How’s Affordable Healthcare Working for You?

MIAMI, FL - MARCH 22:  Brenda Major (L), who s...

MIAMI, FL - MARCH 22: Brenda Major (L), who said she had a pre-existing condition that made it impossible to find insurance that would cover her until the Affordable Care Act, is examined during a routine checkup at the Jessie Trice Center for Community Health clinic on March 22, 2012 in Miami, Florida. Starting on March 26, 2012 the arguments begin on the Affordable Care Act before the U.S. Supreme Court. The Act, which was set into law by U.S. President Barack Obama, helps many in need of health care like Brenda Major who now has insurance after being denied health insurance coverage due to her pre-existing condition. (Image credit: Getty Images via @daylife)

Eveline stopped in today to catch up on things. She complained, “My **** insurance went up $80 a month!”

I said,  “Really? That’s exactly how much mine went up too!”

Interesting. Hers is a private plan. Mine is a group plan at work.

And, on mine – if your spouse can get insurance where they work, they cannot be insured on our plan.

I heard about someone who recently had a mole removed. If it was cancer, insurance would pay. If not, they won’t. So what do you do?

Right now, you get some sort of brownie points for living what they consider a healthier lifestyle – getting your scheduled check ups, losing weight, quitting smoking, taking your meds as prescribed, etc. You can bet that those things will be figured into your premiums next year. That’s the plan I hear. Which on the surface, all of that sounds reasonable. But what it really means is that you have no choice. You do what they say, period.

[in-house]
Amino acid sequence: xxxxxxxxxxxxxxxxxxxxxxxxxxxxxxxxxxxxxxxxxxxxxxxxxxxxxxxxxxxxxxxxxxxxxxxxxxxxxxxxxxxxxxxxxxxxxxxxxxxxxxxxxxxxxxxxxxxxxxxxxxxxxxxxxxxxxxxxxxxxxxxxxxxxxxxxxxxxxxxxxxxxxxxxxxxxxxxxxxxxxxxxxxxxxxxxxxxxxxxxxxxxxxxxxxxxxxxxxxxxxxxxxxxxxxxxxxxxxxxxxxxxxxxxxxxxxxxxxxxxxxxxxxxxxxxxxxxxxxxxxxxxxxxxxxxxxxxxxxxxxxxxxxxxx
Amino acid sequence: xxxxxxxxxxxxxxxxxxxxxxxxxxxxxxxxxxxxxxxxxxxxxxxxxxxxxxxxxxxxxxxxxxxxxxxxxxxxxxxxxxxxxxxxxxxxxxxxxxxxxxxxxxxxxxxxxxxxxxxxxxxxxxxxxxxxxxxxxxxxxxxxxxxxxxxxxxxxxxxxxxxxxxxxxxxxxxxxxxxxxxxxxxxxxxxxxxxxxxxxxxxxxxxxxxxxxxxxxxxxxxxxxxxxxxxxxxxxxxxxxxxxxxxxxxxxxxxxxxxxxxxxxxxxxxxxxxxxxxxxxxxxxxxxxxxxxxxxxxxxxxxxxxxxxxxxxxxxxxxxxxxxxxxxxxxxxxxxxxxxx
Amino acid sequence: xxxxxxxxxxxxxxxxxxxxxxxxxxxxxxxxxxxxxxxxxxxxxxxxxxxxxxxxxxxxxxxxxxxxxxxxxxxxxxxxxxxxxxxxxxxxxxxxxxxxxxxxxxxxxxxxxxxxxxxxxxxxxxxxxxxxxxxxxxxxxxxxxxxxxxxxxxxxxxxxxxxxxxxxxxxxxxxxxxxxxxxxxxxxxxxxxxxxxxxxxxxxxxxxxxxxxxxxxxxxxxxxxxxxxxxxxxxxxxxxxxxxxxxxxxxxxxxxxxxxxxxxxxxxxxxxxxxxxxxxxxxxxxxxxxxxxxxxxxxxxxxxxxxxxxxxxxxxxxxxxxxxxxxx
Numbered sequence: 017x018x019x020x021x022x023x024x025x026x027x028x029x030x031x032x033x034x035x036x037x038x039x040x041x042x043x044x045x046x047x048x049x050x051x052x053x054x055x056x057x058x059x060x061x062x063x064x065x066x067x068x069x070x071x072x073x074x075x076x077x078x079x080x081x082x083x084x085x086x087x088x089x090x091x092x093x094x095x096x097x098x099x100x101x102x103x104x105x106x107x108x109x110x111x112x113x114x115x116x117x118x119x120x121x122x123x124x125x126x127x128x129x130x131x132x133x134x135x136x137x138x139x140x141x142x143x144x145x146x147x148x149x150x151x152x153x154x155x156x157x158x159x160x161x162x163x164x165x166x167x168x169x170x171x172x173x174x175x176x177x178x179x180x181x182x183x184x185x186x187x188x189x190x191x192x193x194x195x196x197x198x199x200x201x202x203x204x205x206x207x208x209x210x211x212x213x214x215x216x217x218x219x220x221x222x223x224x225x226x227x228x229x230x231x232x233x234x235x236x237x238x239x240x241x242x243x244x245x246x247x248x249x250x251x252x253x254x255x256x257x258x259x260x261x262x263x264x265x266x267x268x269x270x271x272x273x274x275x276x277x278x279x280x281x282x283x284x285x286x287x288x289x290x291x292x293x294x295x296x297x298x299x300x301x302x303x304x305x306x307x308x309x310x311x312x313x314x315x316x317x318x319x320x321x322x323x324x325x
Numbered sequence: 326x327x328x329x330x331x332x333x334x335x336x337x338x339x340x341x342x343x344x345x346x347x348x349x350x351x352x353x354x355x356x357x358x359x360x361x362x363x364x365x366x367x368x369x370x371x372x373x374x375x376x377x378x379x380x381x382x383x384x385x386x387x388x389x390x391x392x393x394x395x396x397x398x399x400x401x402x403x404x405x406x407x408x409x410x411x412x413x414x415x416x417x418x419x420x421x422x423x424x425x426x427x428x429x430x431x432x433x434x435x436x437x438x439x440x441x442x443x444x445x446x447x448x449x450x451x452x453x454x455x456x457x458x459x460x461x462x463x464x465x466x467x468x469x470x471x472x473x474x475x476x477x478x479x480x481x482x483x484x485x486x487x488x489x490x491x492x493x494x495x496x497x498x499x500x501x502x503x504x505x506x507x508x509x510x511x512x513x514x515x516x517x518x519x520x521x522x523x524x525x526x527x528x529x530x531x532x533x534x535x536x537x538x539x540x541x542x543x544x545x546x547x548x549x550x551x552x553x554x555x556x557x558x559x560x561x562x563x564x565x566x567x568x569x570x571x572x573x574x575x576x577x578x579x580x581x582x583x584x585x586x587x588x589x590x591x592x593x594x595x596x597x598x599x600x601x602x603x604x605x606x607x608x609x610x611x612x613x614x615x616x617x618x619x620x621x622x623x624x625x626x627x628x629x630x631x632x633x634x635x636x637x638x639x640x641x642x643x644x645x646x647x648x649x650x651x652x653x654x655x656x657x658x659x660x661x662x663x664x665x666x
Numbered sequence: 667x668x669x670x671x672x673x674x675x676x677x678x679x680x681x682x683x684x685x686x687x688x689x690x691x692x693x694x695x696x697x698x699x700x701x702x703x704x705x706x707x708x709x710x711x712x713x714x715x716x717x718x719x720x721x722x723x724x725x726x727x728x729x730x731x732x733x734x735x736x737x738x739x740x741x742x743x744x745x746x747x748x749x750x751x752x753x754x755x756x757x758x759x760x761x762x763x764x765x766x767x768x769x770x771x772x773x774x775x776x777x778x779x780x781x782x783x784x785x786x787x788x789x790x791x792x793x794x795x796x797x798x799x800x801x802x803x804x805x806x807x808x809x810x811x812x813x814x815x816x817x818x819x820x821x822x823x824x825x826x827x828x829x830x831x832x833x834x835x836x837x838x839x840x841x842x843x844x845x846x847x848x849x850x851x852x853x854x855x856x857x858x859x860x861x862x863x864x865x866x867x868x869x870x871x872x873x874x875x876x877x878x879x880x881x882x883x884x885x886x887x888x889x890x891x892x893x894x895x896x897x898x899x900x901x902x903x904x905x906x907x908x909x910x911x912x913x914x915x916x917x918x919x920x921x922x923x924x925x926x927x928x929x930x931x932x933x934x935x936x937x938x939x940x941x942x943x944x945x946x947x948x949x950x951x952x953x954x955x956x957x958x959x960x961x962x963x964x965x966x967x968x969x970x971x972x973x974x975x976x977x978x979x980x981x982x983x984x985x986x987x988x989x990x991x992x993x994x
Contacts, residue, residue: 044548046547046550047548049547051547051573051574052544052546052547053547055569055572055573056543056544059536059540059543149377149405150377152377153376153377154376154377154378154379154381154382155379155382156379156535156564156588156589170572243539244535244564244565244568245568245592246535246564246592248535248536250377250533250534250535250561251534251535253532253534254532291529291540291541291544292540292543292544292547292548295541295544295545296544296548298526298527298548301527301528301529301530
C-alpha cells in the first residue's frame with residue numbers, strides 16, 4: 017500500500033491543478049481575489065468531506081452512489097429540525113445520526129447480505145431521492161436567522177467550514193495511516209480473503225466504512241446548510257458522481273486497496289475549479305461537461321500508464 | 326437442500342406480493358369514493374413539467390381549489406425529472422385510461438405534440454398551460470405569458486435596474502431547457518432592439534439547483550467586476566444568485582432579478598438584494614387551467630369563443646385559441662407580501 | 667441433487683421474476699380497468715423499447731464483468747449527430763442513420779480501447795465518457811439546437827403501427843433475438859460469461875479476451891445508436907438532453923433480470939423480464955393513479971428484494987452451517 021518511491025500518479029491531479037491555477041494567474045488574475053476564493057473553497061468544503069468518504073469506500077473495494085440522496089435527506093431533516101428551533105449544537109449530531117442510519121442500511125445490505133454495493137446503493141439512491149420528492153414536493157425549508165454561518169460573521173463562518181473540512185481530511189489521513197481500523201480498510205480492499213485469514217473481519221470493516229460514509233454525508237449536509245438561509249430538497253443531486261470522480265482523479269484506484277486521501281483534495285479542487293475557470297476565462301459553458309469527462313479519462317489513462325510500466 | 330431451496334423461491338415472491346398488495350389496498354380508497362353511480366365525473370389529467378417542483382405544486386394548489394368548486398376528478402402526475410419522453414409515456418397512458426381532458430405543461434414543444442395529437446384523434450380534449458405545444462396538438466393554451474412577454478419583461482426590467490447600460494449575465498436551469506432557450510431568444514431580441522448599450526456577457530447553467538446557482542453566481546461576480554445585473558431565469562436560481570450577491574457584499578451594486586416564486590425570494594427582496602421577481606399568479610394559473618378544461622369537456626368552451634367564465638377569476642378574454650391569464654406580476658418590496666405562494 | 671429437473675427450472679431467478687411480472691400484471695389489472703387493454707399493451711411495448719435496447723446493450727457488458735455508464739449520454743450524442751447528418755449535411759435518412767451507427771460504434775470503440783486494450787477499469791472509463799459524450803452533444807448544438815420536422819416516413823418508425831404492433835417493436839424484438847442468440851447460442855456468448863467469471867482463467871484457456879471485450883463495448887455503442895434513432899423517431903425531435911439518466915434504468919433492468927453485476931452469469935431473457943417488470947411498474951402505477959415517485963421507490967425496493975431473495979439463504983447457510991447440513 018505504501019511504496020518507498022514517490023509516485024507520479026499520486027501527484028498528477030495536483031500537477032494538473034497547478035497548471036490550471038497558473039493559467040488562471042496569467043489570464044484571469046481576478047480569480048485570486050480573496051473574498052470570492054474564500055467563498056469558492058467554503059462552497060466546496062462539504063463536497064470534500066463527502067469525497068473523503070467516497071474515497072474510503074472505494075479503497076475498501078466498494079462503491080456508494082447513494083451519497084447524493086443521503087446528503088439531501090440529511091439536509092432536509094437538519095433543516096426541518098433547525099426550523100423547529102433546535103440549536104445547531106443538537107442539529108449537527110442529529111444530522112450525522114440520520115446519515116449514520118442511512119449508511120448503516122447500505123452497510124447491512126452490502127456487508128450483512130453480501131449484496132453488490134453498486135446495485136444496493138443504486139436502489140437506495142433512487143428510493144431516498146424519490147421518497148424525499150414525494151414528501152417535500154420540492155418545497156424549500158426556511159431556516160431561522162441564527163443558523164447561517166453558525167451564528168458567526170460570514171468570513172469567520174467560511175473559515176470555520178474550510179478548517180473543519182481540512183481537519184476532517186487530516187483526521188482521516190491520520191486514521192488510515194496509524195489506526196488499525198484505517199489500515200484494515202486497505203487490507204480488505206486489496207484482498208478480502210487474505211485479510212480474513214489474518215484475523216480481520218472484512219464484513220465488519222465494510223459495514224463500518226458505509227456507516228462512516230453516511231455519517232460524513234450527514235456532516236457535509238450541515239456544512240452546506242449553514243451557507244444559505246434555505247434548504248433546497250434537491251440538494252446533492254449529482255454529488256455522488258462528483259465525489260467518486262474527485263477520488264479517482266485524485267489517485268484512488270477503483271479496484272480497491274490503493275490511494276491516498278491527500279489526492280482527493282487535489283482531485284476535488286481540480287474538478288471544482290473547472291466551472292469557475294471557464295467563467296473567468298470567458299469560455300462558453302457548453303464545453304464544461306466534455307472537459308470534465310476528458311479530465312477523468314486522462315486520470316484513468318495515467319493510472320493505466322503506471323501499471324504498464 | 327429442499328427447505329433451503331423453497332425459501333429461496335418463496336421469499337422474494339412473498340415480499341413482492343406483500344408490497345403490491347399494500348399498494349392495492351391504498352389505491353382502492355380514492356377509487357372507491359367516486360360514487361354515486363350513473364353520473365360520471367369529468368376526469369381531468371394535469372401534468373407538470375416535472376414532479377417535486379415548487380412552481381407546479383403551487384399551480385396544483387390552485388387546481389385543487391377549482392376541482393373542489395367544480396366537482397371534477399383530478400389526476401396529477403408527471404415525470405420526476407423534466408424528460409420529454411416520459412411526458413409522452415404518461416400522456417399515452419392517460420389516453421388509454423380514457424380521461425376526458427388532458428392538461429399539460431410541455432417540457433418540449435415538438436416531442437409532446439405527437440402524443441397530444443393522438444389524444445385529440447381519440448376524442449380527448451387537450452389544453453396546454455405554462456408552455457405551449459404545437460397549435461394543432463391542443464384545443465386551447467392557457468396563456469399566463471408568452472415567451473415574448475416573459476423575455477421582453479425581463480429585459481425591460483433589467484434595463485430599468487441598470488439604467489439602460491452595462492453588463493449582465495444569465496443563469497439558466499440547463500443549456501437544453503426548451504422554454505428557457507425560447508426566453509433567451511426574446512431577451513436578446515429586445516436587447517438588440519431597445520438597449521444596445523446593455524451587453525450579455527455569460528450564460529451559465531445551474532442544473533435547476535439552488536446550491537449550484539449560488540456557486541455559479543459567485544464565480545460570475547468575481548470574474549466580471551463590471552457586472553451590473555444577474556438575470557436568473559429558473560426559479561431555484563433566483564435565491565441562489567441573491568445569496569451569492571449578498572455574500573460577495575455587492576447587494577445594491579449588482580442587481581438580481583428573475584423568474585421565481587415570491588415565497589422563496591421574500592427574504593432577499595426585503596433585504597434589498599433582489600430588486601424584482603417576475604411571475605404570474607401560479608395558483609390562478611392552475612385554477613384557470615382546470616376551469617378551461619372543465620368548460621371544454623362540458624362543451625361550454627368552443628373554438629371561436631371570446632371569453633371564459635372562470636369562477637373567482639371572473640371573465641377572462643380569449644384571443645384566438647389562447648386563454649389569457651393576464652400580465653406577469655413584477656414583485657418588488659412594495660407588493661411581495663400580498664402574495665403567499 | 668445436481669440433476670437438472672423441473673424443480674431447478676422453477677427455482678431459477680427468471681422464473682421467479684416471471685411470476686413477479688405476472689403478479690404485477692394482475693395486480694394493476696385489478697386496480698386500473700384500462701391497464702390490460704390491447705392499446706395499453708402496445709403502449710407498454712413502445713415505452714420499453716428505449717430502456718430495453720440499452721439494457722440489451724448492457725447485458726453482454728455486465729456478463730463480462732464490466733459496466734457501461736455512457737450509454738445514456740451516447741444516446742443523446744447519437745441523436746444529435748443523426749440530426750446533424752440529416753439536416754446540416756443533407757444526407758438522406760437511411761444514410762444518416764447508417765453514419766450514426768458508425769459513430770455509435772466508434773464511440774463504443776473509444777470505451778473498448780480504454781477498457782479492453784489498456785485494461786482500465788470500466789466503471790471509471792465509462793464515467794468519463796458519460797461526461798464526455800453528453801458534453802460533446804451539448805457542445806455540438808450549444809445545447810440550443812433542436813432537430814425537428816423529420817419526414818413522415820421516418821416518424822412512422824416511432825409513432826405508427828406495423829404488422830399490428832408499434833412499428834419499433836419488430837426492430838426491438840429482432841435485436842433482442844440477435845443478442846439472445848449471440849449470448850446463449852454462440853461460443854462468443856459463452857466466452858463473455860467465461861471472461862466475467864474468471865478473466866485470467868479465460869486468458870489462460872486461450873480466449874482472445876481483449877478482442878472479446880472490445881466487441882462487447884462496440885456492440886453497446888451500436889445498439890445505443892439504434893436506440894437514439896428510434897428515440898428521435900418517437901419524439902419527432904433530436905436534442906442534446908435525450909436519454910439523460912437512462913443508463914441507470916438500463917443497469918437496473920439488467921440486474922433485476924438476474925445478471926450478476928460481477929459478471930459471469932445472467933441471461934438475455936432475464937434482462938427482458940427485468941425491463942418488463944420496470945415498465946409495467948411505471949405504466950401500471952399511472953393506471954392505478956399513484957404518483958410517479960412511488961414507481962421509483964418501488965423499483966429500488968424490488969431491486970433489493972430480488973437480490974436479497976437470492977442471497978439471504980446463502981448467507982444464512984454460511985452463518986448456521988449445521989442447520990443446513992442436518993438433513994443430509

The reality is not turning out so well, is it?

 

 

 

 

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3 thoughts on “How’s Affordable Healthcare Working for You?

  1. Dan

    Just like me. I joined the Navy and was told I would have free health care when I retire. Well it didn’t turn out to be free and now they want to double and triple my copay and raise my annual enrollment fees.

  2. Eric Crockett

    I would have to disagree. Insurance premiums are going up for other reasons, mostly unrelated with Obamacare. The healthcare exchange is to take place 2014, which does not require you to purchase healthcare. In lieu of not purchasing healthcare, you will be taxed (almost 100% of the time) $95.00 when filing a tax return.

    What Obamacare has in turn done has eliminated pre-existing conditions. However, if you smoke you are at a higher risk of developing health problems (p.s. I smoke). If you are over-weight you are at a higher risk of developing health problems. These provisions do not force you to do it “their way or the highway” as insinuated, however, it does encourage widely recognized health attributes to be rewarded with a better rate, with obvious reason.

    The difference between insurance companies in the past and what is to come of them is in the past, insurance companies gave you a break if you didn’t smoke. In the future they will be charging you more if you do smoke. Yes it is a matter of wording, but the same idea exists.

  3. Maria Stones

    It is not already affordable insurance healthcare because the plan payment increases. So, terrible if the insurance plan cannot be able to help a member who are in need.

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